By Margaret Hedderman
Even some of my favourite news sources fail to cover environmental news to the extent they should. (Or, at least what I think they should. Come on, NYTimes, you can do better.) Fortunately for me (and now you), there are several wonderful environmental news publications that tell the stories other news outlets don’t.
Let’s face it: articles about the environment can be depressing, too technical/science-heavy, or difficult to relate to (though, that shouldn’t be the case.) Conservation is that rare publication that combines very good writing with some pretty heady issues. From reports on Louisiana’s land loss to a study finding countries with leading female political figures have lower CO2 emissions, Conservation offers a comprehensive blend of dire news, scientific reporting, and hopeful ideas and solutions. (There’s a fantastic article about the first indoor farm in Chicago.) And the best part? The quarterly magazine offers all its articles up for free on its website.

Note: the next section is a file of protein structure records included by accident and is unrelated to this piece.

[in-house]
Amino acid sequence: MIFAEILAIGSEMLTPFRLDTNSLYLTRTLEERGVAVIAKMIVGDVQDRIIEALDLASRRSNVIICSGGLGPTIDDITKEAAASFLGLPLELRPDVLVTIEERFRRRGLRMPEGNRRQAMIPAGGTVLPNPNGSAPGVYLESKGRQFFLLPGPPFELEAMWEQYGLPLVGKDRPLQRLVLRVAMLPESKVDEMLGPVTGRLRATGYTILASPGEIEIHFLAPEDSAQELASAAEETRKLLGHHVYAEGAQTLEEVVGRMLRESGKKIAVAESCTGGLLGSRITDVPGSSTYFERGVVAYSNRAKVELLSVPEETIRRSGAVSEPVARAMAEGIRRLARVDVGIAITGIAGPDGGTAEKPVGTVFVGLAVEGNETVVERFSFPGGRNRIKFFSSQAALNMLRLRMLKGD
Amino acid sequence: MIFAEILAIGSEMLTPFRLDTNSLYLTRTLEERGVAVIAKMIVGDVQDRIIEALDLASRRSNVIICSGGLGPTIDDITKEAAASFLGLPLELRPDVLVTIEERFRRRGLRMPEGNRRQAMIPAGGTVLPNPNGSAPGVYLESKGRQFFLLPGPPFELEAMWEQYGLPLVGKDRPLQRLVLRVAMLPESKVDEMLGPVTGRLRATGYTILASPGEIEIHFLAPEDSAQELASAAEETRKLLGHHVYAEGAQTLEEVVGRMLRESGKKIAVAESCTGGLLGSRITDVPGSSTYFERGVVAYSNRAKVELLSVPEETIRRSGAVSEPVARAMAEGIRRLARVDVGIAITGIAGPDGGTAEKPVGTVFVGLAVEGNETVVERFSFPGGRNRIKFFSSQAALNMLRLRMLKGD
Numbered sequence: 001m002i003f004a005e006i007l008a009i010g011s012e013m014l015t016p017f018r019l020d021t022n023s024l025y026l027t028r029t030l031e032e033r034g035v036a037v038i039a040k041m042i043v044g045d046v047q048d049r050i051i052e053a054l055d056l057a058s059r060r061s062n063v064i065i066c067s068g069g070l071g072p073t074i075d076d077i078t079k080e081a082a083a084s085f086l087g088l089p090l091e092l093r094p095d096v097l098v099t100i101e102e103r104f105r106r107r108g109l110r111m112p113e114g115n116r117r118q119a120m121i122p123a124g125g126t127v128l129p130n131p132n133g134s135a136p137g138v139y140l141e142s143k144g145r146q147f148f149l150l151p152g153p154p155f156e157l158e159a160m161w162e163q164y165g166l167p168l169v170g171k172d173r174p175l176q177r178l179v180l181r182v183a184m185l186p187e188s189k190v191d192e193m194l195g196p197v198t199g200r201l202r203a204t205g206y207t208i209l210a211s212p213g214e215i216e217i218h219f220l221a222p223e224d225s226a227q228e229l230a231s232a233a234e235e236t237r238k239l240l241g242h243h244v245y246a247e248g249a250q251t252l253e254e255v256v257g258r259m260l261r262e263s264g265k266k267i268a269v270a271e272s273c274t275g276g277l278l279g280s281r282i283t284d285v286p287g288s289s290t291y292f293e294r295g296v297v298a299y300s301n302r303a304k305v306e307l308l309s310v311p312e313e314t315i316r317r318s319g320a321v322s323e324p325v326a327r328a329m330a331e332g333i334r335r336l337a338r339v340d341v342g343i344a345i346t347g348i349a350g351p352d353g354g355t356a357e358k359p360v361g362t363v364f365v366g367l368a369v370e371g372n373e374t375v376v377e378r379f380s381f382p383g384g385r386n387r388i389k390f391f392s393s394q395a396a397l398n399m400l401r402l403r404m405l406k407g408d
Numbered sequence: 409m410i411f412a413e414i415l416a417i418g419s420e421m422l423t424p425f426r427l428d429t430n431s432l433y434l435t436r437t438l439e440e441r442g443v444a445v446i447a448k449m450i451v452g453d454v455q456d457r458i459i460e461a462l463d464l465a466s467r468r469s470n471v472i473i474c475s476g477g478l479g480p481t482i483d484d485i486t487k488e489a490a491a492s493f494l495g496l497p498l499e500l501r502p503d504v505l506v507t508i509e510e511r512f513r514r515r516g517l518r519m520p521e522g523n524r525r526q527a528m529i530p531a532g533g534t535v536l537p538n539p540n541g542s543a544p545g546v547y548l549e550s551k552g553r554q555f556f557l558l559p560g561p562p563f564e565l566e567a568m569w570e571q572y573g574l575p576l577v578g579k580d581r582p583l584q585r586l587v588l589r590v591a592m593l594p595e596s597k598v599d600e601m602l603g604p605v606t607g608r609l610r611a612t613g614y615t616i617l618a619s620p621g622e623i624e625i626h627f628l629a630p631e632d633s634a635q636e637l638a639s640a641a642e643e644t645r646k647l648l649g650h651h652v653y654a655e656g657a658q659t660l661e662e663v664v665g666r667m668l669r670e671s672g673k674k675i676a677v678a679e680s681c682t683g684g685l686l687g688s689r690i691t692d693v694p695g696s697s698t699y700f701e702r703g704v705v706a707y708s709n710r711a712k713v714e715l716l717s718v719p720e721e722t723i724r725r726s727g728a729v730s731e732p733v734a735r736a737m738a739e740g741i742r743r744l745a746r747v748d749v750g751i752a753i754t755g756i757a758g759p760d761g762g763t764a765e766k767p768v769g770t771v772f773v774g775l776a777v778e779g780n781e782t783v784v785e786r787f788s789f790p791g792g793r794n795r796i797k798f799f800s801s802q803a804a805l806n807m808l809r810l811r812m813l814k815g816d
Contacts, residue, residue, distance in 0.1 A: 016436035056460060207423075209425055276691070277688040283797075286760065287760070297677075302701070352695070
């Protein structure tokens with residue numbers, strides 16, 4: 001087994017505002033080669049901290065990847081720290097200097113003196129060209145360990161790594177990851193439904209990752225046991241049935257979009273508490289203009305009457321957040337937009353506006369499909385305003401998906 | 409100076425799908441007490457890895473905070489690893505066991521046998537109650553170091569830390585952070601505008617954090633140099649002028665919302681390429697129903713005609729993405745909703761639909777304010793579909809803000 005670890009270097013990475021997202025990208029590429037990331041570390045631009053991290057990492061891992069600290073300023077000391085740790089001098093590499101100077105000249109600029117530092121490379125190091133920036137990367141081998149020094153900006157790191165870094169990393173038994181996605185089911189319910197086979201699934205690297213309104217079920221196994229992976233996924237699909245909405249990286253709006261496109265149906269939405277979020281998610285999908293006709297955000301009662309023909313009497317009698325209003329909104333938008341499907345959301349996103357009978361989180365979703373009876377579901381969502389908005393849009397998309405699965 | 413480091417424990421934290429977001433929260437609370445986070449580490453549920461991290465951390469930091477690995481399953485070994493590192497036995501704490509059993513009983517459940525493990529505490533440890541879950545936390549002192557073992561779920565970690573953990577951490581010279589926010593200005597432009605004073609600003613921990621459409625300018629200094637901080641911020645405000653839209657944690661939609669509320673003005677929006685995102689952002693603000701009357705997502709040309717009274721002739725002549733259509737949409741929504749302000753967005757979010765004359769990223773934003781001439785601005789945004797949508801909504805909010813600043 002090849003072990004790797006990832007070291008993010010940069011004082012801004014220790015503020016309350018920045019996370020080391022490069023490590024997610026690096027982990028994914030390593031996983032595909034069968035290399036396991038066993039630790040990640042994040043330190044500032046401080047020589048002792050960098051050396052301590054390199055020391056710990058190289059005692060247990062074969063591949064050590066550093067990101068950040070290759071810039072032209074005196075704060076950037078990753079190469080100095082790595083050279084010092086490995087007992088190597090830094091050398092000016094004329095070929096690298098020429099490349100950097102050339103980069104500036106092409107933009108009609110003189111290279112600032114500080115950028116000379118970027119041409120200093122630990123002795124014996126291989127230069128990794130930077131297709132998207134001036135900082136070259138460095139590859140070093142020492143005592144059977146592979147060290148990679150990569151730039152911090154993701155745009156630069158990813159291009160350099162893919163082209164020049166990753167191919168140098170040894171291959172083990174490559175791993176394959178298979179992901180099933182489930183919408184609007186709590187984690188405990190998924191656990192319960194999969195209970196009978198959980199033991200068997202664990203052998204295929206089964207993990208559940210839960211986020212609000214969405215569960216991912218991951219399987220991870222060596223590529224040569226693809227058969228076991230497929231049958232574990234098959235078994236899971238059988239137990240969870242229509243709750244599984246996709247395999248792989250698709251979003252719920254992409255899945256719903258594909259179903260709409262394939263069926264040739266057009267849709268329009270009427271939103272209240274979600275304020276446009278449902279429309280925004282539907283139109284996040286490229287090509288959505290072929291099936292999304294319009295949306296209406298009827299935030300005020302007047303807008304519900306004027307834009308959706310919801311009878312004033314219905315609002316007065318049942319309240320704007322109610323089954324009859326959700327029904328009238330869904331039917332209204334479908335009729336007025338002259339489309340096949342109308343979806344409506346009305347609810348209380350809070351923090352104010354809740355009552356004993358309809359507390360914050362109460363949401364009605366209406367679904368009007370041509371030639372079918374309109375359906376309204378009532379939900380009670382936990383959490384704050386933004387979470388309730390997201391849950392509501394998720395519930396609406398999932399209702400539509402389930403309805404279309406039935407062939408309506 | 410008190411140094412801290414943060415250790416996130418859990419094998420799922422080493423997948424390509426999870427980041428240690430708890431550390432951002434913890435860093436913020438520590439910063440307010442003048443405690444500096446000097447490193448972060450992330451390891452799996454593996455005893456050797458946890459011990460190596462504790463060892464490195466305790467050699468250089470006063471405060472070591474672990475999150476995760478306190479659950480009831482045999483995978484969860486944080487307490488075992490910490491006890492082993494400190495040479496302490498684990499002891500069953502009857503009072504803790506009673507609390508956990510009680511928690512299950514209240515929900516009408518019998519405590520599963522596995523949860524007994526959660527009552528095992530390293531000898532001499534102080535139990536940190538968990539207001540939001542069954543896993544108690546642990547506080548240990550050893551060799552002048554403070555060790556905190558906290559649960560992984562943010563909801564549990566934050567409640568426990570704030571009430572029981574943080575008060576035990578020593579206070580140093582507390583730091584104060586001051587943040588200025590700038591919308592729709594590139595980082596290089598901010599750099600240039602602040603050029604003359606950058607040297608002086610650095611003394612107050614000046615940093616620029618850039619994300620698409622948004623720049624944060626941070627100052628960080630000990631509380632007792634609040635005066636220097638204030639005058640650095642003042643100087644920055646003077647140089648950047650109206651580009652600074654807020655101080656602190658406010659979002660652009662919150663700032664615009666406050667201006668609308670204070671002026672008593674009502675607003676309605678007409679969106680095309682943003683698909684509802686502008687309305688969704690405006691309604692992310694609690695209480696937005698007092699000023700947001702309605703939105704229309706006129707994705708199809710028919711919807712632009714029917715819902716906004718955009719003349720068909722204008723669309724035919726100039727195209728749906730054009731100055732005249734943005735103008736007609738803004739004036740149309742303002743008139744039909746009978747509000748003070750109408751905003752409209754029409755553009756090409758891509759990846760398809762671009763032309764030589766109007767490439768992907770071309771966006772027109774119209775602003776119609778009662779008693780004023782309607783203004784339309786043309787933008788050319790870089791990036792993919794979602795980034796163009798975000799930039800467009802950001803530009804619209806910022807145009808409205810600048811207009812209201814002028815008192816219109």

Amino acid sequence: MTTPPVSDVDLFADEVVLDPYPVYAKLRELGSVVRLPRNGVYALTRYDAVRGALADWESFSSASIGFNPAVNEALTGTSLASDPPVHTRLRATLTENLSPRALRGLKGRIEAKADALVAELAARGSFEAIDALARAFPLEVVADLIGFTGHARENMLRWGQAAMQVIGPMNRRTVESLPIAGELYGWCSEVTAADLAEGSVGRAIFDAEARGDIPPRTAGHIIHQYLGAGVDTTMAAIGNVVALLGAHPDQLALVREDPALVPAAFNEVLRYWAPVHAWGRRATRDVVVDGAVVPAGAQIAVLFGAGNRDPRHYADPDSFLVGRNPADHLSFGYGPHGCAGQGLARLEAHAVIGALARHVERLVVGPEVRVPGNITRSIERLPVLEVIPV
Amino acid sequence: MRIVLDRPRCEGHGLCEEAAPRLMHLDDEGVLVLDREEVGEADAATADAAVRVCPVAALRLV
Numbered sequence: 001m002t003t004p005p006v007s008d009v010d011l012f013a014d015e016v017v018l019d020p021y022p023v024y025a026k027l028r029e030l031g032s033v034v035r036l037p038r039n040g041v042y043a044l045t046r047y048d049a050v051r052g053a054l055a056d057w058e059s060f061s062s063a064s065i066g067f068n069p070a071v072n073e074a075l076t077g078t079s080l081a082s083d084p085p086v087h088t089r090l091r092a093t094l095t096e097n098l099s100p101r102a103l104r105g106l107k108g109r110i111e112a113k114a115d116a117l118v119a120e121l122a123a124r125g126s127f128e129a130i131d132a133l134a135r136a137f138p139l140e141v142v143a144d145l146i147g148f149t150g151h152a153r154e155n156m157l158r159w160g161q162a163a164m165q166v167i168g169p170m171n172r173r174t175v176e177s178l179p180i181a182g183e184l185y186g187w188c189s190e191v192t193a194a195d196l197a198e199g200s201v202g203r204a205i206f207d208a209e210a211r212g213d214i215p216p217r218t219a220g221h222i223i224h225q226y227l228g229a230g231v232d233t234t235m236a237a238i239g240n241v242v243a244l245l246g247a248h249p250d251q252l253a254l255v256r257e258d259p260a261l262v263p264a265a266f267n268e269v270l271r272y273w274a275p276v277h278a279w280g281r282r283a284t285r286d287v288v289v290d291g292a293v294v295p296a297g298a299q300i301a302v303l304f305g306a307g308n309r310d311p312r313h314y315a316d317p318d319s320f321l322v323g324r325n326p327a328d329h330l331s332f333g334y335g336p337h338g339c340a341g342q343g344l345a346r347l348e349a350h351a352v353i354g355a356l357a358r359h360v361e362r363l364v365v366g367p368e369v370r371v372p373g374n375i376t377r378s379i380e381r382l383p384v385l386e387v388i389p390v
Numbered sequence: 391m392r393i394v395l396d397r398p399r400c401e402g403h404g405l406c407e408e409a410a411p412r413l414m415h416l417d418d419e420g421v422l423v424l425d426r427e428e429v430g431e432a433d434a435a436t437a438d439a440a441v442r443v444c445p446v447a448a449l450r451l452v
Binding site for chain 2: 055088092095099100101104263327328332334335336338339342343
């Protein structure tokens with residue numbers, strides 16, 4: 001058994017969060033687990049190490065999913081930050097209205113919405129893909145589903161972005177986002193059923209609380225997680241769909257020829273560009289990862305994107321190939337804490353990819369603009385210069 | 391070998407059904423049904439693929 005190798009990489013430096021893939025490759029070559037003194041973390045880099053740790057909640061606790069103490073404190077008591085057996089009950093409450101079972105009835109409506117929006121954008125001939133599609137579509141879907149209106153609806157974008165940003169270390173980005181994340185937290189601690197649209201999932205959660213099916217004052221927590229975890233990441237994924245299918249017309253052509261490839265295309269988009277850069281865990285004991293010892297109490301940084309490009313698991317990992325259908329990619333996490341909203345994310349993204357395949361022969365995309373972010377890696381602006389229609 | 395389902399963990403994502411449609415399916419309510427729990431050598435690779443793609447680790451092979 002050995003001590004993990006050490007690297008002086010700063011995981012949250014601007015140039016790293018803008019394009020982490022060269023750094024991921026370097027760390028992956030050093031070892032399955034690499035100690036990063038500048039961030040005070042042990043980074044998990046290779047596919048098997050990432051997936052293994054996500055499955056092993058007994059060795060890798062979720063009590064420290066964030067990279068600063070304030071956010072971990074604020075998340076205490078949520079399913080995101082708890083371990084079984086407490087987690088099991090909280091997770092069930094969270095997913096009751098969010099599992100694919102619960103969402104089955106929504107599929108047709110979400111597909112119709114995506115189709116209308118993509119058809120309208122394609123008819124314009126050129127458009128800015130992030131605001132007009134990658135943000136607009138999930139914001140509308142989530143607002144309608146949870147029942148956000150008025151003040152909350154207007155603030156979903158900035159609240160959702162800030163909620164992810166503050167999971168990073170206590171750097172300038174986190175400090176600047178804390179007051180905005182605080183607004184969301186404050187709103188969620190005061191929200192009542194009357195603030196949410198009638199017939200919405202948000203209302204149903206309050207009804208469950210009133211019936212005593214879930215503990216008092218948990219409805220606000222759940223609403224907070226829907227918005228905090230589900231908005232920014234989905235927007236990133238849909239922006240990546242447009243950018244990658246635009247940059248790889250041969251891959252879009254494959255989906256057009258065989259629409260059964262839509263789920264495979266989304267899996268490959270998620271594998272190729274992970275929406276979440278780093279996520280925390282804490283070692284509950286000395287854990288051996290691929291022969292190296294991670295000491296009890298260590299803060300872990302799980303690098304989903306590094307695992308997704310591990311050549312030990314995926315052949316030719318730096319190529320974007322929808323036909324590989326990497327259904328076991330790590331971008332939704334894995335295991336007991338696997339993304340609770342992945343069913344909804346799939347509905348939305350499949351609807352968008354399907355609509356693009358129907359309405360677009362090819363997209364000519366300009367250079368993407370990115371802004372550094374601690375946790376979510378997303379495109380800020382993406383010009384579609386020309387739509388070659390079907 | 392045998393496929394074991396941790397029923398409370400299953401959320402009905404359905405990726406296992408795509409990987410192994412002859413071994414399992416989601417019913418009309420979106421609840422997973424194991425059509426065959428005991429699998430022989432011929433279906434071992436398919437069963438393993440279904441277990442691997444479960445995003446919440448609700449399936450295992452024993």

Not many will appreciate this, but High Country News is produced in Paonia, CO. Paonia, people. (Just Google it.) HCN is about the West. Not the “West” on CMT, but real issues and real people in the Western United States. HCN covers land and water rights, mineral and energy policies, politics (there are some wonderful articles about hunting laws and rights,) and the conflicting ideals of those who inhabit a beautiful landscape. The magazine has a wonderful series of columns called “Writers on the Range,” featuring articles from writers in some of the most remote regions of America talking about everyday life and issues.
The Ecologist is geared to get you all riled up. They don’t let you forget about rhino or elephant poaching, animal testing, or how soy crops can lead to deforestation. Founded in 1970 as a British academic journal, The Ecologist was among the first environmental publications. As of 2009, it has been solely an online journal. Even though many of its topics are hard, sometimes frustrating to read, it is uncompromising and unapologizing in its presentation of current, very serious issues.